Exercise program in senior centers helps decrease participants' pain and improve mobility
It may seem counterintuitive that exercise could help people with arthritis and other musculoskeletal conditions, but a new study finds that a low-impact exercise program is improving quality of life for many older adults with these conditions.
The program, offered by Hospital for Special Surgery (HSS) in senior centers in New York City's Chinatown and Flushing, Queens communities, has helped decrease pain, improve mobility and enhance the overall health of many participants.
The study, titled, "The Effectiveness of a Low-Impact Exercise Program on Musculoskeletal Health of Asian Older Adults," will be presented at the American College of Rheumatology/Association of Rheumatology Health Professionals annual meeting on November 9 in San Francisco.
"Getting seniors to be active in any way will generally improve their quality of life and help them function better in their everyday activities," said Linda Russell, MD, a rheumatologist and chair of the Public and Patient Education Advisory Committee at Hospital for Special Surgery. "People believe that if you have arthritis you shouldn't exercise, but appropriate exercises actually help decrease pain."
Fifty percent of adults age 65 and older have received a diagnosis of arthritis, according to the Centers for Disease Control and Prevention. Previous studies have shown that participation in low-impact physical activity can improve pain, function, mood and quality of life without worsening arthritis symptoms or disease severity. However, individuals with arthritis are less likely to be physically active.
In 2010, 25 percent of Asian seniors age 65 and older in New York City lived in poverty and were affected by musculoskeletal conditions. "To help those in underserved communities better manage these conditions, Hospital for Special Surgery developed its Asian Community Bone Health Initiative in 2011," said Sandra Goldsmith, senior director of Education and Academic Affairs at HSS. "The goal is to help seniors decrease musculoskeletal pain, stiffness and fatigue; improve balance; reduce falls; and increase physical activity."
The eight-week low-impact exercise program, led by bilingual, certified instructors, is held once a week in community-based organizations largely serving older Asian adults. Between September 2011 and July 2015, 370 individuals took part in the program, and 204 participants completed surveys both before and after taking the exercises classes. Ninety percent of respondents were female, and 76 percent were between the ages of 65 and 84. Eighty-eight percent of participants had a musculoskeletal condition.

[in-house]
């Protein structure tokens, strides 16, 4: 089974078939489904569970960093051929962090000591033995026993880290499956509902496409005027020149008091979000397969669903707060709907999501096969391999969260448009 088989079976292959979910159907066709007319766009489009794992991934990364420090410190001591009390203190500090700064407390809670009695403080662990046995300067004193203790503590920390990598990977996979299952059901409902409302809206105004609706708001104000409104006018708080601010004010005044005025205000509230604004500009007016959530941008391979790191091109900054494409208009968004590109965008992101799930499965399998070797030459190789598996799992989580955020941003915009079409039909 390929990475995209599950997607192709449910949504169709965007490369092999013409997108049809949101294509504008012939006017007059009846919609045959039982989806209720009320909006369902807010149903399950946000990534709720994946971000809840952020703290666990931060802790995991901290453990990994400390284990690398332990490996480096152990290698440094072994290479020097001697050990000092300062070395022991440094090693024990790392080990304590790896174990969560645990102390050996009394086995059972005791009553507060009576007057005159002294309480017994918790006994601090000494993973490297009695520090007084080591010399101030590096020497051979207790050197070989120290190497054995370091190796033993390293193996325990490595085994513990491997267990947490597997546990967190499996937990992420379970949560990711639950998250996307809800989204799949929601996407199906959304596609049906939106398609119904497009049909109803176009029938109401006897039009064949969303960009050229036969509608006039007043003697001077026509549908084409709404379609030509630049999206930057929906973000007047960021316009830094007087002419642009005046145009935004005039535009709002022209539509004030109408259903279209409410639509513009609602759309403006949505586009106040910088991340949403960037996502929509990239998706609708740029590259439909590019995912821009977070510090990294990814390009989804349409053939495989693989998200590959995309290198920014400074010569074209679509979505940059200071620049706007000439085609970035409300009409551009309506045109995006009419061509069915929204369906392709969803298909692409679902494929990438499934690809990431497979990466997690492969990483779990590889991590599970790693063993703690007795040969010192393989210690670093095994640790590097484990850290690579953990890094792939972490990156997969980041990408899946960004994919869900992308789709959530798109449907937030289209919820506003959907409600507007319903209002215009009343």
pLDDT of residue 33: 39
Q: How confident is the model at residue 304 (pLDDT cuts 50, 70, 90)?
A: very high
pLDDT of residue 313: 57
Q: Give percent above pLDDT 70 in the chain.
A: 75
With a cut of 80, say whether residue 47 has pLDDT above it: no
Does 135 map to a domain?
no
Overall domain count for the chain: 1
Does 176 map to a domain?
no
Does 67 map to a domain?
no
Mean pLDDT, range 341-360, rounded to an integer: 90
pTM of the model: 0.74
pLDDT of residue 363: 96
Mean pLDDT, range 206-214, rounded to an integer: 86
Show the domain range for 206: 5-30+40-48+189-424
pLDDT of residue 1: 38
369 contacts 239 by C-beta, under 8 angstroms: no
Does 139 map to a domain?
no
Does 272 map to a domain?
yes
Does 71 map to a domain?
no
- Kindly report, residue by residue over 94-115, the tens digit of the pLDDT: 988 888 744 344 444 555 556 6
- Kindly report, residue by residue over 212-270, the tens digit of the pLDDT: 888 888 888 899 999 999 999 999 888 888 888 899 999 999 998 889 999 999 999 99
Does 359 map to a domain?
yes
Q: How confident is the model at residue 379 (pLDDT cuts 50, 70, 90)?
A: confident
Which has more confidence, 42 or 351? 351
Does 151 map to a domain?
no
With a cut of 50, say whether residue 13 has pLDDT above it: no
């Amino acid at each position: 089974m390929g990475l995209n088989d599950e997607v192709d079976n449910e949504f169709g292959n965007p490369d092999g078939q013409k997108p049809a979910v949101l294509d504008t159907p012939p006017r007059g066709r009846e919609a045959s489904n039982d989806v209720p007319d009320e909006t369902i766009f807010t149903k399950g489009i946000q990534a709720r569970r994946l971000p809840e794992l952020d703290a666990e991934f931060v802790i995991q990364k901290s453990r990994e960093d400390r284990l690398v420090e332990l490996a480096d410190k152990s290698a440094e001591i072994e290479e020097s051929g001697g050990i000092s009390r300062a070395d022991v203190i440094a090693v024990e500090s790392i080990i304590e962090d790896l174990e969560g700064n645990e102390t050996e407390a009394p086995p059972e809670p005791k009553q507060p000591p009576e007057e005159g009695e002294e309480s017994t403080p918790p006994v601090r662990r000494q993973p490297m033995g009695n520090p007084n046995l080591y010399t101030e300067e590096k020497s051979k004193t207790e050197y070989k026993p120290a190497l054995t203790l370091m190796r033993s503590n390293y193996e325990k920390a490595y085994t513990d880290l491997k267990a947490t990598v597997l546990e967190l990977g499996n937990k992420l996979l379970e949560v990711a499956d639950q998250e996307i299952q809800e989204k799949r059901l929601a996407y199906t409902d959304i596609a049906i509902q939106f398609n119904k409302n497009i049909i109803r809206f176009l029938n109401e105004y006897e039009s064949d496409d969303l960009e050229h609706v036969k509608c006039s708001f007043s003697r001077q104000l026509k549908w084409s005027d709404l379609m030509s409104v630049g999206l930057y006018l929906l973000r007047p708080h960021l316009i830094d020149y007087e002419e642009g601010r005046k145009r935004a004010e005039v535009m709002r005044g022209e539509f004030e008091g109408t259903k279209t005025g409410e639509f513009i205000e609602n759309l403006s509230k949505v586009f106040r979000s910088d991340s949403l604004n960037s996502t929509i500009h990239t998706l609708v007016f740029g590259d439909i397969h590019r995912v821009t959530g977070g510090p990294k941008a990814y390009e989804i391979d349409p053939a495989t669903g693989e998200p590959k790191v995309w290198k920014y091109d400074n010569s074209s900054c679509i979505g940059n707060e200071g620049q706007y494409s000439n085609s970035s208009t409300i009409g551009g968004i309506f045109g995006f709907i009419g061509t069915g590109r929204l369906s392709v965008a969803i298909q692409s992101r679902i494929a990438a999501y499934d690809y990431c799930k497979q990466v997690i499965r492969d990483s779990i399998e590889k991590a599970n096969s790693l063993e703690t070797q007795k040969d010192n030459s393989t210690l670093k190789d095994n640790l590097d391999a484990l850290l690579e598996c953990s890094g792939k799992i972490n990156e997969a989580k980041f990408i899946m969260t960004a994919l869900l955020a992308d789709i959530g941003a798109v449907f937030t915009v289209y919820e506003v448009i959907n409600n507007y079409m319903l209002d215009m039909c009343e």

In the survey, many respondents reported that they experienced less pain and were better able to perform activities of daily living after participating in the exercise program. Participants reported that their muscle and joint pain was significantly reduced by 32 percent.
In terms of mobility and function, after completing the program:
- 88% more participants could climb several flights of stairs
- 66% more participants could lift/carry groceries
- 63% more participants could bend, kneel, or stoop
- 91% of participants felt the program reduced their fatigue
- 97% of participants felt that the program reduced their stiffness
- 95% of participants felt their balance improved
- 96% of participants felt more confident that exercising would not make their symptoms worse
"The study results indicate that the hospital's Bone Health Initiative has a positive impact on the musculoskeletal health of the Asian senior population," said Huijuan Huang, MPA, program coordinator. "Providing free exercise programs to the community can play an important role in helping adults manage musculoskeletal conditions."
Meeting: 2015 ACR/AHRP Annual Meeting
Session Title: Education Poster I (ARHP): Education/Community Programs
Session Type: ACR Poster Session B
Date/Time: Monday, November 9, 2015, 9 a.m. – 11 a.m.
Study Title: "The Effectiveness of Low-Impact Exercise Program on Musculoskeletal Health of Asian Older Adults"
Authors: Huijuan Huang1, Titilayo Ologhobo1, Vicky Jin1, Sandra Goldsmith2 and Laura Robbins1, 1Education & Academic Affairs, Hospital for Special Surgery, New York, NY. 2Public and Patient Education, Hospital for Special Surgery, New York, NY.
Disclosures: H. Huang, None; T. Ologhobo, None; V. Jin, None; S. Goldsmith, None; L. Robbins, None.
About Hospital for Special Surgery
Founded in 1863, Hospital for Special Surgery (HSS) is a world leader in orthopedics, rheumatology and rehabilitation. HSS is nationally ranked No. 1 in orthopedics, No. 3 in rheumatology and No. 7 in geriatrics by U.S. News & World Report (2015-2016), and is the first hospital in New York State to receive Magnet Recognition for Excellence in Nursing Service from the American Nurses Credentialing Center three consecutive times. HSS has one of the lowest infection rates in the country. HSS is a member of the New York-Presbyterian Healthcare System and an affiliate of Weill Cornell Medical College and as such all Hospital for Special Surgery medical staff are faculty of Weill Cornell. The hospital's research division is internationally recognized as a leader in the investigation of musculoskeletal and autoimmune diseases. Hospital for Special Surgery is located in New York City and online at http://www.hss.edu.